Thousands of Yanomami families have migrated and permanently settled along major rivers in the Upper Orinoco. Consequently, the Yanomami face a new set of public health challenges in respect to diseases, diet and nutrition, hygiene, and sanitation. These communities are more vulnerable to infectious diseases such as tuberculosis, malaria, and measles. The introduction of processed foods like bleached rice and refined sugar increases health risks such as decline in dental health, loss of microbiome diversity, diabetes and obesity. Rising population densities in villages raises deep concerns over increased spread of communicable infections, and decreased sanitation. The drastic increase in Yanomami patients at outpatient clinics and hospitals creating intercultural conflicts and pressure for the Venezuelan health care system.
In 2006, the office of Indigenous Health in Venezuela was founded as a direct response to the difficulties presented for hospitals in providing quality care to indigenous patients. This was a commitment from the Venezuelan state to meet the health needs of the Yanomami people and other native populations. In 2009, the Venezuelan Ministry of Health created regional health programs such as the Service of Attention and Orientation for the Indigenous (SAOI), the Yanomami Health Plan (PSY), Project Cacique Nigales.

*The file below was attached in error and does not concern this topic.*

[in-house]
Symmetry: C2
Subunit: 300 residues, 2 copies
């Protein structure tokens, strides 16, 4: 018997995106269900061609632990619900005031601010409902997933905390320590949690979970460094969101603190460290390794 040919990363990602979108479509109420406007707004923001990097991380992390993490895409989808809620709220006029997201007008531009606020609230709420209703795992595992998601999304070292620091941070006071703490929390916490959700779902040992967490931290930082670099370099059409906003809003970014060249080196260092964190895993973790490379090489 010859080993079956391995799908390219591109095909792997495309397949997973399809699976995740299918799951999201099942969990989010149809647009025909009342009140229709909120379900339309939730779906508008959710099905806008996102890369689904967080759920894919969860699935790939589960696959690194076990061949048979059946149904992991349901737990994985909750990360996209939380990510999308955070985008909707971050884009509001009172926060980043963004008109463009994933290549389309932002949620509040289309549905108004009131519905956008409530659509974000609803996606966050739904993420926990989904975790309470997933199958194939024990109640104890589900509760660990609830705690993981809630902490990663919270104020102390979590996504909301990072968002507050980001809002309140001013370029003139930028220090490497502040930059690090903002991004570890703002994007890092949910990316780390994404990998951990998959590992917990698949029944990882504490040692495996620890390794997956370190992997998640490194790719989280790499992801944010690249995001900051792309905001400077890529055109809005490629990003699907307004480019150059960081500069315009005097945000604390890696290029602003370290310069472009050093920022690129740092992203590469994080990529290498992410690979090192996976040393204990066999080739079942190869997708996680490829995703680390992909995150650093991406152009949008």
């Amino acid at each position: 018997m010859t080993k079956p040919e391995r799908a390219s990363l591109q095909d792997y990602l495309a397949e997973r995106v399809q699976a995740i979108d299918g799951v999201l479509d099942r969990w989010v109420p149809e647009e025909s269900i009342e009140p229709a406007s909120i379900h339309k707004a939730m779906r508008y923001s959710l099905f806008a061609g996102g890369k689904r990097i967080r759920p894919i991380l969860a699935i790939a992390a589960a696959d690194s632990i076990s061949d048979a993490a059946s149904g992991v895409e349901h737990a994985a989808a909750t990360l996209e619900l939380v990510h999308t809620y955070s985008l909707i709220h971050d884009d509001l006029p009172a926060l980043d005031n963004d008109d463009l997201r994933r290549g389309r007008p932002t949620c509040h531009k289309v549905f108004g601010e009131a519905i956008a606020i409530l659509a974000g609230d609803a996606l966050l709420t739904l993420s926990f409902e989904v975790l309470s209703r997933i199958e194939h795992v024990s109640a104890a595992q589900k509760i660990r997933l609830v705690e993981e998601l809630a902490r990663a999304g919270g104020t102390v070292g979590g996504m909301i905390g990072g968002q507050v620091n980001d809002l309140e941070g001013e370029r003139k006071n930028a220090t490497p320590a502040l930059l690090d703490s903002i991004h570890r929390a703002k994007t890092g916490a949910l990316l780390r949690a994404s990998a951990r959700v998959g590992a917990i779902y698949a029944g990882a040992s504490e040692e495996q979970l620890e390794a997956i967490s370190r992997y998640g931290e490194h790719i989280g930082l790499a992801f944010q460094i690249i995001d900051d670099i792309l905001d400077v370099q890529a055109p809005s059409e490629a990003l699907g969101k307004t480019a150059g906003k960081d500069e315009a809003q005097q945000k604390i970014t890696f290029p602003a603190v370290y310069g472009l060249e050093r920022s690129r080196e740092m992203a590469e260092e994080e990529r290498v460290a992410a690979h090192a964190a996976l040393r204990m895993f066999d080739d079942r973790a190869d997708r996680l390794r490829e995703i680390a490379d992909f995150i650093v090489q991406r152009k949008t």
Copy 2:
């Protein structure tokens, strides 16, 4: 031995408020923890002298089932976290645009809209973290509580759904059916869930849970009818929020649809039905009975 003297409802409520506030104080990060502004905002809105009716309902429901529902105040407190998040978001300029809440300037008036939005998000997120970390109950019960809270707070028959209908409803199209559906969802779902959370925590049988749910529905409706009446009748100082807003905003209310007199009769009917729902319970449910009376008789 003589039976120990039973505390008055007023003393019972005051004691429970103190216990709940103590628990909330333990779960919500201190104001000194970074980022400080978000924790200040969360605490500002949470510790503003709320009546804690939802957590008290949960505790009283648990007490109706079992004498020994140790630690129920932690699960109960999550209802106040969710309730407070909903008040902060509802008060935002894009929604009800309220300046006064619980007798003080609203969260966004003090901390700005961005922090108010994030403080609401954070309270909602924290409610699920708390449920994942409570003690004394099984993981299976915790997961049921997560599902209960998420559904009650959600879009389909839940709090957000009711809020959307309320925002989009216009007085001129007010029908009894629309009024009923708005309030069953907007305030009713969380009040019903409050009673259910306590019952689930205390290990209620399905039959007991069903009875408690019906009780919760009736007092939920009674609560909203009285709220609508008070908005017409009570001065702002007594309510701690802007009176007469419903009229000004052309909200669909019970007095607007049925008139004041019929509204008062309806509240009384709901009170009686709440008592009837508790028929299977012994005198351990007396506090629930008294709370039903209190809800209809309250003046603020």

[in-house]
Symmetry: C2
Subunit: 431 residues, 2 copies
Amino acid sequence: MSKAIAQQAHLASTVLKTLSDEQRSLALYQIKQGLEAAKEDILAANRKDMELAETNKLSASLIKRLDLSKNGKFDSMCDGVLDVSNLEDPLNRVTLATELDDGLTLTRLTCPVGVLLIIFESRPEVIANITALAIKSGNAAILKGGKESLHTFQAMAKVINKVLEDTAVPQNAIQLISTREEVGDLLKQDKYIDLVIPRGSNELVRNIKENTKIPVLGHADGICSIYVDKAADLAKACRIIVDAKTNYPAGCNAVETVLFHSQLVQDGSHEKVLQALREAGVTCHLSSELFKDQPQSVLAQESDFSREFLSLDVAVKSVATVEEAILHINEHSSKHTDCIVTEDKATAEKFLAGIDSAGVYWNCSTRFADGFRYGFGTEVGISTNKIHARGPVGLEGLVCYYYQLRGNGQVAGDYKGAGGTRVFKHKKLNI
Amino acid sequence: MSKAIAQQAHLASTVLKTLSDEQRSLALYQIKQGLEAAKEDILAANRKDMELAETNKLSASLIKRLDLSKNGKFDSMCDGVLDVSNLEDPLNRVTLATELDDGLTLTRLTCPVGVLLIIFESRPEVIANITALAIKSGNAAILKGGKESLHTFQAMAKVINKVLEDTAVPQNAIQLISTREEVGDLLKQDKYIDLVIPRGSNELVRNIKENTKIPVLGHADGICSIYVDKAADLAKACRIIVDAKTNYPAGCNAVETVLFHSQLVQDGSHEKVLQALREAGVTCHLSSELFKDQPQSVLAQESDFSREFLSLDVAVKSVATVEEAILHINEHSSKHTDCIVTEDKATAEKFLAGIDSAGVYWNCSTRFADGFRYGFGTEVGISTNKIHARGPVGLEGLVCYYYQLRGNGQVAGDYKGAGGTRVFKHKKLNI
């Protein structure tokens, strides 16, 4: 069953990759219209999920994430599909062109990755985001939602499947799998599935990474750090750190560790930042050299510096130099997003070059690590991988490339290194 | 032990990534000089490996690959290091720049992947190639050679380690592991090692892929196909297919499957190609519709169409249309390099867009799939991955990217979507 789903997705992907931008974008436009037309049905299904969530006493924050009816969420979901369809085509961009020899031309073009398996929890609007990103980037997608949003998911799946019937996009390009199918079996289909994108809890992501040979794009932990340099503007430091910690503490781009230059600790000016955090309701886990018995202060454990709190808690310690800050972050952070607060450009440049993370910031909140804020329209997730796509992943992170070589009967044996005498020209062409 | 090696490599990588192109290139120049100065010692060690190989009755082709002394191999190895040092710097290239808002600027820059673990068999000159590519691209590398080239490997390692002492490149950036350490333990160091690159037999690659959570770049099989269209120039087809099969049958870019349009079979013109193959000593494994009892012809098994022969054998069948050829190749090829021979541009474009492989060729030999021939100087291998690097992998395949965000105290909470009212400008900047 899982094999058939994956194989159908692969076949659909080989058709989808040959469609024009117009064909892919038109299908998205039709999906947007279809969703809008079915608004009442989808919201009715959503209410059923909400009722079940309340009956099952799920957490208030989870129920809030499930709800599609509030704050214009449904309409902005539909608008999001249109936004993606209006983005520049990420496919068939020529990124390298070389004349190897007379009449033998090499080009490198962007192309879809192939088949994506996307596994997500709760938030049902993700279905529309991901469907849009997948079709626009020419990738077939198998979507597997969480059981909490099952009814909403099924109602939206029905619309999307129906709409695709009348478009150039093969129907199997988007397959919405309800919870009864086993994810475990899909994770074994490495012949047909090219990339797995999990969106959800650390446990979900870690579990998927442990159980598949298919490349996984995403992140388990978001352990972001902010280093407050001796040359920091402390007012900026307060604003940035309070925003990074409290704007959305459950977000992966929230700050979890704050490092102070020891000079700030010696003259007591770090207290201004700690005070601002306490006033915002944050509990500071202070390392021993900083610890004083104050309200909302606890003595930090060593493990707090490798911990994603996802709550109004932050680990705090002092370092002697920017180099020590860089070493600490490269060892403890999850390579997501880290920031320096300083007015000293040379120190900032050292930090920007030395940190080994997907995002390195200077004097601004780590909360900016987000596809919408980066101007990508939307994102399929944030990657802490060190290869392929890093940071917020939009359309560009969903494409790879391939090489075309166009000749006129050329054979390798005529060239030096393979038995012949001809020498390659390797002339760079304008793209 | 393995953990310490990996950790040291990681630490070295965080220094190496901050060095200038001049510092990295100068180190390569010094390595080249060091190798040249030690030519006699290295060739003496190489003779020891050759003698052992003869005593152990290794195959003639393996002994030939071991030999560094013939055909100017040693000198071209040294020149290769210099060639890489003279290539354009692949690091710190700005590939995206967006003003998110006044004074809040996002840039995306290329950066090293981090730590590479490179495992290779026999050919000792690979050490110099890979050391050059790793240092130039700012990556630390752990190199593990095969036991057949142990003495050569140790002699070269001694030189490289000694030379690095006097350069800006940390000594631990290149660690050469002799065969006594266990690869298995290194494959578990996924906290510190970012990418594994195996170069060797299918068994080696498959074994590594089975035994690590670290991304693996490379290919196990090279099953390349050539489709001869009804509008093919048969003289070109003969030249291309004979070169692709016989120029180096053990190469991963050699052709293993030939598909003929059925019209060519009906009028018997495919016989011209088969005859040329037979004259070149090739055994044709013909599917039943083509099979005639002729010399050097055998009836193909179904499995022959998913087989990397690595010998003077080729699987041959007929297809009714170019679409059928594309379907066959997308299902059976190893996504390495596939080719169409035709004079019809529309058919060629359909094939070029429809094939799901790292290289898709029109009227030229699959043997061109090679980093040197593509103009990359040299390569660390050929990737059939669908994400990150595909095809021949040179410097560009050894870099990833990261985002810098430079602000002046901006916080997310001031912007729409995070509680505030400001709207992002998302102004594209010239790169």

Salud Indigena, a branch of the ministry of health, provides healthcare specialized for indigenous people by staffing personnel that are bilingual, sensitive to Yanomami culture, and assistance in navigating through the national healthcare system.
The Good Project supports health clinics and programs that provide specialized care for the Yanomami people. Resources such as medical supplies, medicines, and support staff are combined to achieve our common goals.
We deliver mosquito nets to the Yanomami people in an effort to prevent the spread of malaria and other tropical disease vectored by mosquitoes and other insects. Additionally, microscopes are delivered to health posts located throughout Yanomami territory. Microscopy is the first line of diagnostics for identifying parasites in fecal and blood smears. They can also be used to educate Yanomami communities in basic microscopy skills thereby empowering them to take a participatory roles alongside medical personnel.